The impurities and chemicals that occur naturally in silver and gold would not melt but would float to the surface of the molten metal.
The smith would then drive off this dross by blowing on the it.
He’d put it back into the flame once more and drive out more impurity.
Finally, he’d know the metal was ready to work when he could see his own reflection on the surface.
What a fitting picture of how God refines us, who are far more precious to Him than any gold or silver.
A master smith – He puts us in the furnace of trial – but every keeps His hand on us to remove us before the fire harms us.
Then He blows on us by His Spirit and drives away the junk that rises to the surface.
The whole time, His aim is produce His image in us!
God tells the priests that though they were corrupt – the day will come when he will purify them and restore them to right relationship with Him.
Malachi gives a list of the kinds of things the people were dabbling in and which God saw and would move to remove from them.
They were getting in to - sorcery, adultery, perjury, and extortion; and this . . .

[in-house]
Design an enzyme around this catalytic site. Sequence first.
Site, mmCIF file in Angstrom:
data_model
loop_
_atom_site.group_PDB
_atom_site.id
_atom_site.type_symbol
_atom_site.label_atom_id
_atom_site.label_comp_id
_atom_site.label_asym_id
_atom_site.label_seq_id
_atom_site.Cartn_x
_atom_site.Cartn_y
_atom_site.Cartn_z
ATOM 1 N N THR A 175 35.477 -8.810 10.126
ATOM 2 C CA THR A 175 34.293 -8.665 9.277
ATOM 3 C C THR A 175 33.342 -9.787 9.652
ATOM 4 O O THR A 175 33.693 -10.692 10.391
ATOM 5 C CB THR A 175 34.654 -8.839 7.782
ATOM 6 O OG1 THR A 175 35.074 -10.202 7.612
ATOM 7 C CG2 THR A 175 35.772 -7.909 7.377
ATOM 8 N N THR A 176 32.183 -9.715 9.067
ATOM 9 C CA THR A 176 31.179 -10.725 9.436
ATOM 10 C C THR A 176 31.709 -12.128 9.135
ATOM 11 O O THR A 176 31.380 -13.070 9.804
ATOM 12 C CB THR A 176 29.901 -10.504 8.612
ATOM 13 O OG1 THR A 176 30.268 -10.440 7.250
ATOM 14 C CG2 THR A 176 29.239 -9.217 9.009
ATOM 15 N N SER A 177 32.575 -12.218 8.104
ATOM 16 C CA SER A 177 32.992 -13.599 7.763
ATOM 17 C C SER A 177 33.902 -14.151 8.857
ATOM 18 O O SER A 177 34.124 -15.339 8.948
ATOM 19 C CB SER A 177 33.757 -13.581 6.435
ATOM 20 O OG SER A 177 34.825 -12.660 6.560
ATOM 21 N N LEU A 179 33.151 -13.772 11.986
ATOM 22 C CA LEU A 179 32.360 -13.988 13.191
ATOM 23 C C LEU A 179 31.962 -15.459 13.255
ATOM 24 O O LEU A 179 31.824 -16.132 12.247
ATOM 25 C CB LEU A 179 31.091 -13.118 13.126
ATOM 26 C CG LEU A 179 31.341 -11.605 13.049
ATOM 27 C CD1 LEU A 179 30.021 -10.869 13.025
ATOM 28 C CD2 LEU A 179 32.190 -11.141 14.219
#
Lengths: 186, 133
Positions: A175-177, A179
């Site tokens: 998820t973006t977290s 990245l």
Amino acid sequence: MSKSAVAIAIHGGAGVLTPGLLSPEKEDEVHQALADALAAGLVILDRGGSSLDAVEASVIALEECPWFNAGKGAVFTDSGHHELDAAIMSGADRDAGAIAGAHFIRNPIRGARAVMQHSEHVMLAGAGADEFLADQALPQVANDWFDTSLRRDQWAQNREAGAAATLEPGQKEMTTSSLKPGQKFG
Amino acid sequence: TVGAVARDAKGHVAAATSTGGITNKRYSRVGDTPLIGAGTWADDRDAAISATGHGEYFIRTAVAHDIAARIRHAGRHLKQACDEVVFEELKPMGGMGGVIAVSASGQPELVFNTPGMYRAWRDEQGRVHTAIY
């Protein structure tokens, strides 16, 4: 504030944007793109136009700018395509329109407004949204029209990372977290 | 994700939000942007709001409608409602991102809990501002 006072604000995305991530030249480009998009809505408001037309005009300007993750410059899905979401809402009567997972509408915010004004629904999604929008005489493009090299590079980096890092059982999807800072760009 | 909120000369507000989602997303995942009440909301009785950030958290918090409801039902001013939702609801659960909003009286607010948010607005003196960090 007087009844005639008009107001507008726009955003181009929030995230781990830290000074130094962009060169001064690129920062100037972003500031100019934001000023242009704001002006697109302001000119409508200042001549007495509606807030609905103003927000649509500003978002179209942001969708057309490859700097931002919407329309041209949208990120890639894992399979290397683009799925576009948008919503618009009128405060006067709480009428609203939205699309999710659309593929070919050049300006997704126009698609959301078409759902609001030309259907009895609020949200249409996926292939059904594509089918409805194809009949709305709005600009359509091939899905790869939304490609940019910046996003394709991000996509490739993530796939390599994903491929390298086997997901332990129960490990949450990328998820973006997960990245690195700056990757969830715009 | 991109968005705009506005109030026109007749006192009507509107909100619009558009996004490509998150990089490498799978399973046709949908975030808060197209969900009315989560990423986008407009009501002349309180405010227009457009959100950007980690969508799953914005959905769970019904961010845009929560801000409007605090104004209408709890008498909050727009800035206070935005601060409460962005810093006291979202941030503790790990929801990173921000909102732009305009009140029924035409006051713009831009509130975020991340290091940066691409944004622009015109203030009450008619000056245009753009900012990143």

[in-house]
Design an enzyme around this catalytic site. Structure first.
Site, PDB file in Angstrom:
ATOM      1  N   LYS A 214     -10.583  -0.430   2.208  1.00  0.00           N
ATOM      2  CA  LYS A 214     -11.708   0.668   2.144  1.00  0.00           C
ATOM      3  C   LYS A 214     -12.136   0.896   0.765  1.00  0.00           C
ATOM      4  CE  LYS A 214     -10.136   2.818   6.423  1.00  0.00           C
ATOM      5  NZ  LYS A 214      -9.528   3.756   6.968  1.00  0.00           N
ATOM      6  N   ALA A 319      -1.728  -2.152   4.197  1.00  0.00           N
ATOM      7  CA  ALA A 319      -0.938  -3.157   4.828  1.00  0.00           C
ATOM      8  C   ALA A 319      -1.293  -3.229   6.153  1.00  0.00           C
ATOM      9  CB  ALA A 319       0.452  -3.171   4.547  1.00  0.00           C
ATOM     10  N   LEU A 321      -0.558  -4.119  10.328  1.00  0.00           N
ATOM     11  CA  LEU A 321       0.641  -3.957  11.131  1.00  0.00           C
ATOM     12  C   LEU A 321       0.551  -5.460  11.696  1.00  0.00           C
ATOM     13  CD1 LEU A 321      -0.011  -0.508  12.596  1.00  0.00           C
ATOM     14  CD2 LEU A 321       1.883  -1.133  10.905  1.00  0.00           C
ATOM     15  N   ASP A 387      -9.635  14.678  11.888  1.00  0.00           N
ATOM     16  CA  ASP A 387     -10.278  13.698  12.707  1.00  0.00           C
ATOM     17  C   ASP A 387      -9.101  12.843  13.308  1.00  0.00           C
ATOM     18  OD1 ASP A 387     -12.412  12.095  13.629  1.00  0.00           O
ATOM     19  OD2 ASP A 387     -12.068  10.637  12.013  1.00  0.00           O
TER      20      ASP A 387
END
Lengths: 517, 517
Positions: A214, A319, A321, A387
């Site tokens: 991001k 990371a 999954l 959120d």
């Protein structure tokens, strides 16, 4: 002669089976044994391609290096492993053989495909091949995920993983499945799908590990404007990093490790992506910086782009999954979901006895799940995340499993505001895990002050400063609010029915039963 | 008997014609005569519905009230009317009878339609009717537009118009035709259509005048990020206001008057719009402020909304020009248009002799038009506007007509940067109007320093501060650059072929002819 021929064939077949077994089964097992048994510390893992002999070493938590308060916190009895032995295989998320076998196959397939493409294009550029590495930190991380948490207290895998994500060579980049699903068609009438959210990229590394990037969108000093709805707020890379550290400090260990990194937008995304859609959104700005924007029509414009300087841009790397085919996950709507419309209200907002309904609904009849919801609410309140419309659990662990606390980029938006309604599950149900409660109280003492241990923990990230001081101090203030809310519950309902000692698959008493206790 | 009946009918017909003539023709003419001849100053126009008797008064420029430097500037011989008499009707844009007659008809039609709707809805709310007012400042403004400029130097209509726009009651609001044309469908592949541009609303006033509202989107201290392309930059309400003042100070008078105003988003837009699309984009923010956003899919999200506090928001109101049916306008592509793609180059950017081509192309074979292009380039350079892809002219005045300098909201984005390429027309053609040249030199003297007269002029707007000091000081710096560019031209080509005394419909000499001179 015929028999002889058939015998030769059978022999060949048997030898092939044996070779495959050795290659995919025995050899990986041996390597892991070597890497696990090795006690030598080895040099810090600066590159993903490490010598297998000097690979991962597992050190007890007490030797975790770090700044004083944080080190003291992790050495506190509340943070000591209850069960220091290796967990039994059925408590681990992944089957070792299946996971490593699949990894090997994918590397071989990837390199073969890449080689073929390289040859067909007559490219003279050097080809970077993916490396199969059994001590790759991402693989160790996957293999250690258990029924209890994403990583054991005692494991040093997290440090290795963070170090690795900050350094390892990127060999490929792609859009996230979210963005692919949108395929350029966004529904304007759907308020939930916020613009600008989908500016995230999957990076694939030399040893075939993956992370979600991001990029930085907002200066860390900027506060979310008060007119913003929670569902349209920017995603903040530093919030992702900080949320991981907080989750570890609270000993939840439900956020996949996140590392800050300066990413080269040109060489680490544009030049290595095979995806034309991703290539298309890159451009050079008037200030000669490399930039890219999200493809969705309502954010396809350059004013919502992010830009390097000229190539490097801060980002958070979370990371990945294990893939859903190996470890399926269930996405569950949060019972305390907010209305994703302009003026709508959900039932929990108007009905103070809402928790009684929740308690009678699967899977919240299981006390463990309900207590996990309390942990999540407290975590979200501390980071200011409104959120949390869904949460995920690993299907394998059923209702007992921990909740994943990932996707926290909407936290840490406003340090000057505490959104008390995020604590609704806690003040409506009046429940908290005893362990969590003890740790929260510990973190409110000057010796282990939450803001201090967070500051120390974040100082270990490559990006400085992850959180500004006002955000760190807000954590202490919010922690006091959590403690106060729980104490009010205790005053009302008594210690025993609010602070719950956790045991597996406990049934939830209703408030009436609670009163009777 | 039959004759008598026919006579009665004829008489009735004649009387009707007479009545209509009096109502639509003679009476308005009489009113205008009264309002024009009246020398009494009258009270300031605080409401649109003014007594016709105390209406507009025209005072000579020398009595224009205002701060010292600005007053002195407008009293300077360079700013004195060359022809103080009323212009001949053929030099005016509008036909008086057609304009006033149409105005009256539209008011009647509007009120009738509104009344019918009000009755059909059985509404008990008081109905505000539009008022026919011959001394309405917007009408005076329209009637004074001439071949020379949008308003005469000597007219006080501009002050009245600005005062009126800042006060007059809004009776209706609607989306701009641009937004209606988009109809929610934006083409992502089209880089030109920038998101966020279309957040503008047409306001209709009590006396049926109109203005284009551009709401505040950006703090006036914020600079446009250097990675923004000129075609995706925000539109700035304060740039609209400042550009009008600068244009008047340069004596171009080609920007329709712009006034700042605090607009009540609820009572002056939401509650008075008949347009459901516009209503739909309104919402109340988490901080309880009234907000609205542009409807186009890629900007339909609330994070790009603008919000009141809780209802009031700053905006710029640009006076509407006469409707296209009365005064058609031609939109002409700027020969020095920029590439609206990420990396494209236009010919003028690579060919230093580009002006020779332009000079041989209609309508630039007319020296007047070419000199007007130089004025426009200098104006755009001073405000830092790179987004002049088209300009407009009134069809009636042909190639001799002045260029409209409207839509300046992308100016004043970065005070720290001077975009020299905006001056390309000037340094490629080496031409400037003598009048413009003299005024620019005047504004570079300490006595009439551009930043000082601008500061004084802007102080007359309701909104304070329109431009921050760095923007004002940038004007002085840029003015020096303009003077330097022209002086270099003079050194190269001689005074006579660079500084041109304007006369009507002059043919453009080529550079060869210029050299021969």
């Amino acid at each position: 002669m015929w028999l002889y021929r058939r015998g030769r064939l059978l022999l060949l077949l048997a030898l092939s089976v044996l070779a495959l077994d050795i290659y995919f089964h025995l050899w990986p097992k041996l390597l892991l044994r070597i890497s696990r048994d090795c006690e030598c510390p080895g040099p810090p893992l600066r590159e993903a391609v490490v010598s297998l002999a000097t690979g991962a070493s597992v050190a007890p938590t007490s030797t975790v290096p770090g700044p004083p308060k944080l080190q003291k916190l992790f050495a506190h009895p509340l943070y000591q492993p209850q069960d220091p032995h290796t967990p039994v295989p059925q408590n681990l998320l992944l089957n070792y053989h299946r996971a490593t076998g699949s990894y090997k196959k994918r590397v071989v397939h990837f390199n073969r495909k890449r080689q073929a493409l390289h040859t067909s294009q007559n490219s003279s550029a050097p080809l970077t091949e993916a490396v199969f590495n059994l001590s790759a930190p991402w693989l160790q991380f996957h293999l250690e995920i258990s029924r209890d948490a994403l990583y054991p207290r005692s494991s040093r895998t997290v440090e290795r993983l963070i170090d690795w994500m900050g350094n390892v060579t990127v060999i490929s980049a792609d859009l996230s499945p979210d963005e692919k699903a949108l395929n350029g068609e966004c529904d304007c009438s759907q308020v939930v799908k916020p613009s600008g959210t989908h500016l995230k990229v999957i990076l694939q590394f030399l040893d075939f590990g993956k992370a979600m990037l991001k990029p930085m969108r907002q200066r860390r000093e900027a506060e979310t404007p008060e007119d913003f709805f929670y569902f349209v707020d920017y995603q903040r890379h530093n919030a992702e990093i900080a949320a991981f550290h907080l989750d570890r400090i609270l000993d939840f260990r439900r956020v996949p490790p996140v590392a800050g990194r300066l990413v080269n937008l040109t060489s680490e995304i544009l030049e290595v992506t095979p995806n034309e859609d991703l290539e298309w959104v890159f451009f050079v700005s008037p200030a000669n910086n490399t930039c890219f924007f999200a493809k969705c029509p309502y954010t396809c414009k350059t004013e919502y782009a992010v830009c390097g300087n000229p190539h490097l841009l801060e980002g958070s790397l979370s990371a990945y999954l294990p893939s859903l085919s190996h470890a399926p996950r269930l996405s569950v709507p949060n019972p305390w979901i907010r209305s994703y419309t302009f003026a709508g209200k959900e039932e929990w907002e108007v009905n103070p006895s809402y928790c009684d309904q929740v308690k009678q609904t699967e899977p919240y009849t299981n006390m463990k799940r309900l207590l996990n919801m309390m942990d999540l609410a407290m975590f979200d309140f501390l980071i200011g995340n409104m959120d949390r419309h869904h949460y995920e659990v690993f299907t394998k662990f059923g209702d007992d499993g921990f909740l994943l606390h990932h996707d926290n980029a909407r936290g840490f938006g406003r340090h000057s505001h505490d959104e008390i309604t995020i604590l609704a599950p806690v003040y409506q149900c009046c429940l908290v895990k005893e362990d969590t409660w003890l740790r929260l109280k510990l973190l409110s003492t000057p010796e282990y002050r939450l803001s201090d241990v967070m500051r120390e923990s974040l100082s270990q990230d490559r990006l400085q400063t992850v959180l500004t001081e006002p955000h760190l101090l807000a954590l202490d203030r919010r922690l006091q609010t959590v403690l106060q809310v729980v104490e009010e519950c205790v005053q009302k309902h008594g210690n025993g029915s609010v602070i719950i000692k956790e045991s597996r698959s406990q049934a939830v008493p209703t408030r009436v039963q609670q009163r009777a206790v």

ALL THE WHILE THEY WERE MAKING THEIR DUTIFUL TRIPS TO THE TEMPLE TO RENDER WORSHIP TO GOD!!!!!!!!
The end of v. 5 reveals how all this could be happening – “Because they do not fear Me.” Says the LORD of hosts.
There’s no real worship of God that isn’t accompanied by a profound reverence for His holiness.
A lack of the fear of God will result in all kinds of moral problems.
6 “For I am the Lord, I do not change; Therefore you are not consumed, O sons of Jacob.
7 Yet from the days of your fathers You have gone away from My ordinances And have not kept them. Return to Me, and I will return to you,” Says the Lord of hosts. “But you said, ‘In what way shall we return?’
Verses 6-12 are my text for Sunday so I will leave further comment on this passage till then.
Let’s just read over it now.
8 “Will a man rob God? Yet you have robbed Me! But you say, ‘In what way have we robbed You?’ In tithes and offerings.
9 You are cursed with a curse, For you have robbed Me, Even this whole nation.
10 Bring all the tithes into the storehouse, That there may be food in My house, And try Me now in this,” Says the Lord of hosts, “If I will not open for you the windows of heaven And pour out for you such blessing That there will not be room enough to receive it.
11 “And I will rebuke the devourer for your sakes, So that he will not destroy the fruit of your ground, Nor shall the vine fail to bear fruit for you in the field,” Says the Lord of hosts;